agrawal at ais dot org
Copyright © 2001 by Mukesh Agrawal
The purpose of this document is to explain how to use hard disk spin-down features under Linux. Presumably, you have decided that the hard disk on your system either consumes too much power, or is too noisy, so you would like to keep it spun down when not in use.
Disclaimer: The information within is based on a few simple experiments, and reading just a little bit of the kernel source code (mostly fs/buffer.c). I focus on the common case (ignoring things such as raw I/O), so some of the things I state may not apply to your configuration. Moreover, the information has not been checked by anyone other than myself, and may contain errors. Please email corrections to <agrawal at ais dot org>
In order to make effective use of the spin-down ability of your hard disk, it helps to understand a little bit about how I/O works in Linux. The goal of this section is to provide just that "little bit" of information.
I/O consists of reads and writes. Reads are fairly simple. When the system needs a block of data, it first checks the buffer cache. The buffer cache contains data that have previously been read from disk, and which the OS believes may be needed in the immediate future. If the data is not found in the buffer cache, the kernel will read the data from disk.
Writes are slightly more complicated. When a process writes to disk, the kernel does not necessarily write the data to disk immediately. Instead, it updates its in memory copy of the block, but defers the disk update until later (an exception to this is files that are open for synchronous writing). There are two kernel threads that handle these deferred updates: bdflush and kupdate.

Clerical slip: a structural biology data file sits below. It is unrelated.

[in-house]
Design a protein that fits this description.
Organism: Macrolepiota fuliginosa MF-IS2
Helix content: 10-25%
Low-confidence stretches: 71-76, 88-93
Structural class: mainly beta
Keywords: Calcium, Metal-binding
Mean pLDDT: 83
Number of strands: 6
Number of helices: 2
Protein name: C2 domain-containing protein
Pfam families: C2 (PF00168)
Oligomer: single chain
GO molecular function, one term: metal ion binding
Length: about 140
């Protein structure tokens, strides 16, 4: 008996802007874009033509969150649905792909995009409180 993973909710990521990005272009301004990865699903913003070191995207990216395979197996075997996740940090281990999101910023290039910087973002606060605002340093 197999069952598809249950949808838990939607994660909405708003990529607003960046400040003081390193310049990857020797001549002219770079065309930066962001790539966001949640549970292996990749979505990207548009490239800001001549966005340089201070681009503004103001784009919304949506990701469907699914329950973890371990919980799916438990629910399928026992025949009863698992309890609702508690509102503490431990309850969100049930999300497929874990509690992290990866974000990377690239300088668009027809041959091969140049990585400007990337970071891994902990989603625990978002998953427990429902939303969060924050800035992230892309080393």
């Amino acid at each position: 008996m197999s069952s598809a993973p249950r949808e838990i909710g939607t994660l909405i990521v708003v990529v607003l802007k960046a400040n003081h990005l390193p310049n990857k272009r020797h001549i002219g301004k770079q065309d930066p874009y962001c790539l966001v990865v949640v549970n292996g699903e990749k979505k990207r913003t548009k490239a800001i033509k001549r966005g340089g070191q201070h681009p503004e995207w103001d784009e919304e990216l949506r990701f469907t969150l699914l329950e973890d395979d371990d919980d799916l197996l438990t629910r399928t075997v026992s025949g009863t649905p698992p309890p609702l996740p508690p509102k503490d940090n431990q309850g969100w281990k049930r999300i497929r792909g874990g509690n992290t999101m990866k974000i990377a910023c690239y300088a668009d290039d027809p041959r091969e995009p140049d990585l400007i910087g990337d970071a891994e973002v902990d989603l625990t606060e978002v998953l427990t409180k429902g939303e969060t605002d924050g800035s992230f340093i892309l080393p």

The bdflush thread writes updates to disk when either of two conditions occur. One condition that can cause bdflush to update the disk is when the virtual memory system is having trouble finding enough free memory to satisfy allocation requests. In this case, the VM system will ask bdflush to free pages by flushing the written data to disk (thereby freeing the buffer space used by that data). The other event that will cause bdflush to update the disk is when the fraction of dirty buffers (those containing modified data which has not been updated on disk) in the buffer cache exceeds a threshold. This is described in Documentation/filesystems/proc.txt.
The other kernel thread that deals with flushing modified data to disk is kupdate. In normal usage, kupdate periodically writes modified buffers to disk. The period is set using the fifth field in /proc/sys/vm/bdflush. The value is specified in hertz. So on most Linux systems, which use a hertz value of 100, a value of 500 in the fifth field of /proc/sys/vm/bdflush would means that kupdate will flush dirty buffers to disk every 5 seconds.
The kupdate thread supports another mode of operation as well. It listens for SIGSTOP and SIGCONT signals. On receiving a SIGSTOP signal, kupdate stops its periodic operation, and instead, waits for SIGCONT. When it receives SIGCONT, it will flush dirty buffers. A similar effect can be achieved by setting the period for kupdate to 0 instead of sending the thread SIGSTOP. This mechanism enables a user space process to implement some other policy for when buffers are flushed.
In addition to these methods for flushing buffers, processes can specifically request that buffers be flushed to disk by using the sync(), fsync(), and fdatasync() system calls.
kupdate is called kupdated in more recent versions of the Linux kernel. I will just use the name kupdate for simplicity.
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